It's levels 3 and 4 that are tricky. Tricky of detect, and tricky to correct. You are trying to concentrate on the ball, and for the most part you are, but not quite well enough and not quite consistently. The results are shots that come up short, don't quite go exactly where you planned, or don't have enough spin and sail deep. I have progressed enough that I can detect when I'm at this level. I think I'm watching the ball, but I can detect that at just the last milliseconds my eyes move off the ball. It's at this time that I have to buckle down and, as I like to put it, 'watch the ball so intently that it bursts into flames'.
  5. mxmx

    mxmx Professional

    Feb 14, 2011
    Most of the times footwork is the cause of something like this.

    Here are some things to consider as a ball approaches:

    1) split step more or less as your opponent makes contact with the ball. This will help you to change direction as downward energy is placed towards your legs...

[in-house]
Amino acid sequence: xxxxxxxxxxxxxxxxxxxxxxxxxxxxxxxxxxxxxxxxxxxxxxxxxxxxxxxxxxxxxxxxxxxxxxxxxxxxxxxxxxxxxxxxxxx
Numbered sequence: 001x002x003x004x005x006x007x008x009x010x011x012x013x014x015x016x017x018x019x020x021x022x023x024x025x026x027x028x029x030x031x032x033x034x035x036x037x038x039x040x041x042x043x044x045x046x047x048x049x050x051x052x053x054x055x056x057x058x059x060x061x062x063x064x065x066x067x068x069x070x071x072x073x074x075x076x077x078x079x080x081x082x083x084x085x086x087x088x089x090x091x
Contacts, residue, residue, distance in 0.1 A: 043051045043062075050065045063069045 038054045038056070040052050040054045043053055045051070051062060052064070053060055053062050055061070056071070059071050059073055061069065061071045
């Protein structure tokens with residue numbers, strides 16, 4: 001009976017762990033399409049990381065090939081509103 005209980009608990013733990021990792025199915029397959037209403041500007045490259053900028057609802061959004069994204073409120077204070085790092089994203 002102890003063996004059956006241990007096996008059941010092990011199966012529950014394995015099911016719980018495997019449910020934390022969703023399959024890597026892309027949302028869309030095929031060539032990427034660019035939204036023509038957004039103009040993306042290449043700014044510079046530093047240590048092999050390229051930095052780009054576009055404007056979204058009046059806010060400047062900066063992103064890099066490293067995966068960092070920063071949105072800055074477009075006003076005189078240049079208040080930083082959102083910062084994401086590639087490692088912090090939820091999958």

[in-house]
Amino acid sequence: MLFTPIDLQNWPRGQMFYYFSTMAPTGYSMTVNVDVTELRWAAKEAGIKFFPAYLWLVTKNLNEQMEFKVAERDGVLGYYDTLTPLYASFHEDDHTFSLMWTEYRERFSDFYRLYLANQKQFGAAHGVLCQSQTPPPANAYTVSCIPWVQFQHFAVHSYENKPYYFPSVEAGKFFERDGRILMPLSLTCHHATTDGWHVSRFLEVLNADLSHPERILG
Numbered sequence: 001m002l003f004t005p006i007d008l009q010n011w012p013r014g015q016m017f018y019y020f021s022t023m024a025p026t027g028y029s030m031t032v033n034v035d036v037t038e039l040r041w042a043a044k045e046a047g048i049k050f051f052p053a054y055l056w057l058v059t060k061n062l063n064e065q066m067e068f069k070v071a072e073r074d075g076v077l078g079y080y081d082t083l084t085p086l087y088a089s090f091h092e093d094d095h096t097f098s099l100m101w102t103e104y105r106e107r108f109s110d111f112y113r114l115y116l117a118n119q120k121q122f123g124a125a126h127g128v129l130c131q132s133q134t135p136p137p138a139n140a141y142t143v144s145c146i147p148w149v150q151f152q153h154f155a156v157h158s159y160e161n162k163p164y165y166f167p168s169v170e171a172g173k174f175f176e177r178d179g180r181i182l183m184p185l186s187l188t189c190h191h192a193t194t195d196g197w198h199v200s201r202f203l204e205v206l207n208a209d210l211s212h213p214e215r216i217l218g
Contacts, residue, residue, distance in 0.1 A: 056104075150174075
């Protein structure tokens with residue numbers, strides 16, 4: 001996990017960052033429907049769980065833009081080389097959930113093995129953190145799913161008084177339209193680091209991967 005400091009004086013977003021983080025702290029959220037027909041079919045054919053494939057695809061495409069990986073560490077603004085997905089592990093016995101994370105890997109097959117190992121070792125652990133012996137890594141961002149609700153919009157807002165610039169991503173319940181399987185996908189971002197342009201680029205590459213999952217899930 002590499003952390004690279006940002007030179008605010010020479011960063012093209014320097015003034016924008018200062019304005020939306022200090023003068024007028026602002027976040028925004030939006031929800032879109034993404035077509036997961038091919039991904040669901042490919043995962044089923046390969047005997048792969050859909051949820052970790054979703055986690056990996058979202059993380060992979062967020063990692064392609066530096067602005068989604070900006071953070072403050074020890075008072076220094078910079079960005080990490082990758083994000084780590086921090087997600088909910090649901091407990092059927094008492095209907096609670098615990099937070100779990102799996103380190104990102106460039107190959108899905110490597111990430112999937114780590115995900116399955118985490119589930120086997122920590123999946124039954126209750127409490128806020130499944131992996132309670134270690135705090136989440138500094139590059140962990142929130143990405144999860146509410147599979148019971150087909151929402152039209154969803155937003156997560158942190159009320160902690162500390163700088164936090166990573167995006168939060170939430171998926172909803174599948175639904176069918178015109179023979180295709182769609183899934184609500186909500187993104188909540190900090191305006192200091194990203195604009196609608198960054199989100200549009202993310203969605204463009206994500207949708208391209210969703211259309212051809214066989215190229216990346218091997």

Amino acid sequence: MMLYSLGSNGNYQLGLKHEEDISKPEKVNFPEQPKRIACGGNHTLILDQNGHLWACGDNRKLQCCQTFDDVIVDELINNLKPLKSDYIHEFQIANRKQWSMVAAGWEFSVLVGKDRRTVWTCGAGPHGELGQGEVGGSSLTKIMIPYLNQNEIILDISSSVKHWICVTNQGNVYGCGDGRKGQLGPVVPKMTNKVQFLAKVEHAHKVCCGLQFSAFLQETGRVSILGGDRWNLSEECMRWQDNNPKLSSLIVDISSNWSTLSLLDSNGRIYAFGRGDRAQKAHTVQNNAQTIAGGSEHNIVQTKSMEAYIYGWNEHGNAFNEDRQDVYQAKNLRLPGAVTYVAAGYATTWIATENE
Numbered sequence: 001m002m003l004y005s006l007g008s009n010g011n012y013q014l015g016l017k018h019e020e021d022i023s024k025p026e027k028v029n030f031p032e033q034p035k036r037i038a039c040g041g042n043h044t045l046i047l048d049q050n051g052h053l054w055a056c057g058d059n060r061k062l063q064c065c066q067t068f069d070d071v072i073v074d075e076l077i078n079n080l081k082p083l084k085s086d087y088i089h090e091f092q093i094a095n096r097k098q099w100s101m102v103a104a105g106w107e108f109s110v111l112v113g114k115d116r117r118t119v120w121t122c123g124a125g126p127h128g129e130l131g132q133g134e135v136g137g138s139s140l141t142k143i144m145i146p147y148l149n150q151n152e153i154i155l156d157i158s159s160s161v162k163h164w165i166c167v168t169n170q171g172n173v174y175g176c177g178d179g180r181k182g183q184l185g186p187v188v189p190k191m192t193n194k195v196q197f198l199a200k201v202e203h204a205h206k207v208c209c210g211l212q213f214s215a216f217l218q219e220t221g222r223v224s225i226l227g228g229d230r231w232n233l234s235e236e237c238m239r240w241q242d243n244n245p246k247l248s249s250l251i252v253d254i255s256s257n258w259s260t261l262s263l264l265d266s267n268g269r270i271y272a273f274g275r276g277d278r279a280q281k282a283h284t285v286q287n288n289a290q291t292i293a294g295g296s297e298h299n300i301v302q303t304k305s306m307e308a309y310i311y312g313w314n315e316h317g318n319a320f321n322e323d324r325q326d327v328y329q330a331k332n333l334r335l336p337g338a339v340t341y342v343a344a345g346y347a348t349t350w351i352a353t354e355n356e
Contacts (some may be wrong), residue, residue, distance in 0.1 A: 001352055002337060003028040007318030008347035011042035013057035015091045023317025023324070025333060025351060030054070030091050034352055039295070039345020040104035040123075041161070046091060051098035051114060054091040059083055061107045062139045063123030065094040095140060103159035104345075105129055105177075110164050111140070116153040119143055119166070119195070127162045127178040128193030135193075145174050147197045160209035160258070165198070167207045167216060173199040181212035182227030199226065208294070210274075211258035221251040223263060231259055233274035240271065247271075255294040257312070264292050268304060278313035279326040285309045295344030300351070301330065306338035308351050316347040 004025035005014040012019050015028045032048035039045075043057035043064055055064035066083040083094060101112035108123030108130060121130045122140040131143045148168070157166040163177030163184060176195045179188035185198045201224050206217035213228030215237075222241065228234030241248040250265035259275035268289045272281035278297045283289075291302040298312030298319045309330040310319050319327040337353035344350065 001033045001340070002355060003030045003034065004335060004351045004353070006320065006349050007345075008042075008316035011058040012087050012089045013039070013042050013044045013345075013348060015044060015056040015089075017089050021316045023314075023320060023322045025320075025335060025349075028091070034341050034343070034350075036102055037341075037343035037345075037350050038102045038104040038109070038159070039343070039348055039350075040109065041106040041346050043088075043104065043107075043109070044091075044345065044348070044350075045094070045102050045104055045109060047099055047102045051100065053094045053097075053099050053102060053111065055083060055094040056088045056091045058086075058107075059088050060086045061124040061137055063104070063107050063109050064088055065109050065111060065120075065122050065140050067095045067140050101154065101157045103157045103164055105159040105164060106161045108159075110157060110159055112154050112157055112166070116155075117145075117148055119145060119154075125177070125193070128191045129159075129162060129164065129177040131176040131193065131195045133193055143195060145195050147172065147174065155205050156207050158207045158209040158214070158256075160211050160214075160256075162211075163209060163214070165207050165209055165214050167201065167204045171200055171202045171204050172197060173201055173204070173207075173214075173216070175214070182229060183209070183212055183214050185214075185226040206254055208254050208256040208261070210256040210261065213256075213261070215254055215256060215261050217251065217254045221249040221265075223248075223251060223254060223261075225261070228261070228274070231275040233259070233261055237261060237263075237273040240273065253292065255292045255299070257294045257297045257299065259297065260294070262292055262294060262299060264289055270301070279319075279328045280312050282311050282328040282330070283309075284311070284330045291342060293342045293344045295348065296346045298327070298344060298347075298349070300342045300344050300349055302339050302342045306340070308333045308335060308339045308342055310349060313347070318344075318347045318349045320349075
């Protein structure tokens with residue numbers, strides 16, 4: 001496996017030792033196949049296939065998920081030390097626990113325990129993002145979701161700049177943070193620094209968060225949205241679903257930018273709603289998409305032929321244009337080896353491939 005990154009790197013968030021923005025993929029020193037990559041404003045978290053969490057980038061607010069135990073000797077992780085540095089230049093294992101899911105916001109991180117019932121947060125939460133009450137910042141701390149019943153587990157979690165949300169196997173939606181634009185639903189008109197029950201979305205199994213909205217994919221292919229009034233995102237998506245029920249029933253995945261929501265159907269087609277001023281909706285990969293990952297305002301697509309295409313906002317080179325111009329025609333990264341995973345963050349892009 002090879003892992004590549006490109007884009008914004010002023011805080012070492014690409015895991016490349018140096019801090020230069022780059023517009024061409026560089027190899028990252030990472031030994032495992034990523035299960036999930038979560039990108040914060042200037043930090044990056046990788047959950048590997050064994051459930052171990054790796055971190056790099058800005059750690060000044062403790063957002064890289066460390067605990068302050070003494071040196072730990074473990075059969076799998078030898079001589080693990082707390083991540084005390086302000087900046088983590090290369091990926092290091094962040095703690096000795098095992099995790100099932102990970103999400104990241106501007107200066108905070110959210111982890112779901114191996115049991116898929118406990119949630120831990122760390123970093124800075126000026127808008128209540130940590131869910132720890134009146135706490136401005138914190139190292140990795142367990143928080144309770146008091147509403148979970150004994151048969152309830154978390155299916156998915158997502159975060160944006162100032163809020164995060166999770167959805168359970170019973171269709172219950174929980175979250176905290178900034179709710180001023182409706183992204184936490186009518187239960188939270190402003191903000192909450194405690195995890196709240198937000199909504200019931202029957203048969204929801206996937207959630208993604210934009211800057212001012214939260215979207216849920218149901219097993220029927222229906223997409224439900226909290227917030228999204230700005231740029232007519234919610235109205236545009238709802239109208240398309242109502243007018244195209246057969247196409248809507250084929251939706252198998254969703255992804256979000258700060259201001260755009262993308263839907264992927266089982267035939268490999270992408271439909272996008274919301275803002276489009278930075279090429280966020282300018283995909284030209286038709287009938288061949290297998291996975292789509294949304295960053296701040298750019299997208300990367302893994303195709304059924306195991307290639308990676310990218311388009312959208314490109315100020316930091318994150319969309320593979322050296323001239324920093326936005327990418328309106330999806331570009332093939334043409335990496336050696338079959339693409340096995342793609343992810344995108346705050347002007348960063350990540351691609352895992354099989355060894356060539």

2) the harder the ball comes at you, the less of a backswing you need. The better your timing, the more you can get away with larger backswings. But in the same breath, the better timing you have, the less of a large backswing you will need. Take note to have arms away from body to prevent cramped position

    3) use your feet. When a ball comes with loop and spin, and sometimes change direction, smaller adjustment steps needs to be taken to quickly maintain the correct uncramped position of the arms so that you are not caught in cramped position. The same goes for a ball that jumps away from you. Ajustment steps will help you to have consistent distance with your swing on the ball. So the problem is more than likelly not your swing, but most likely your footwork.
    1) continental grip
    2) try to contact the ball in front
    3) many similarities between a voley and a slice
    4) do not drop the racket. Always have the racket in almost a L shape in your hand. So for lower balls you receive, you will need to bend the legs more. As soon as you break the L shape or firm wrist, you will lose control.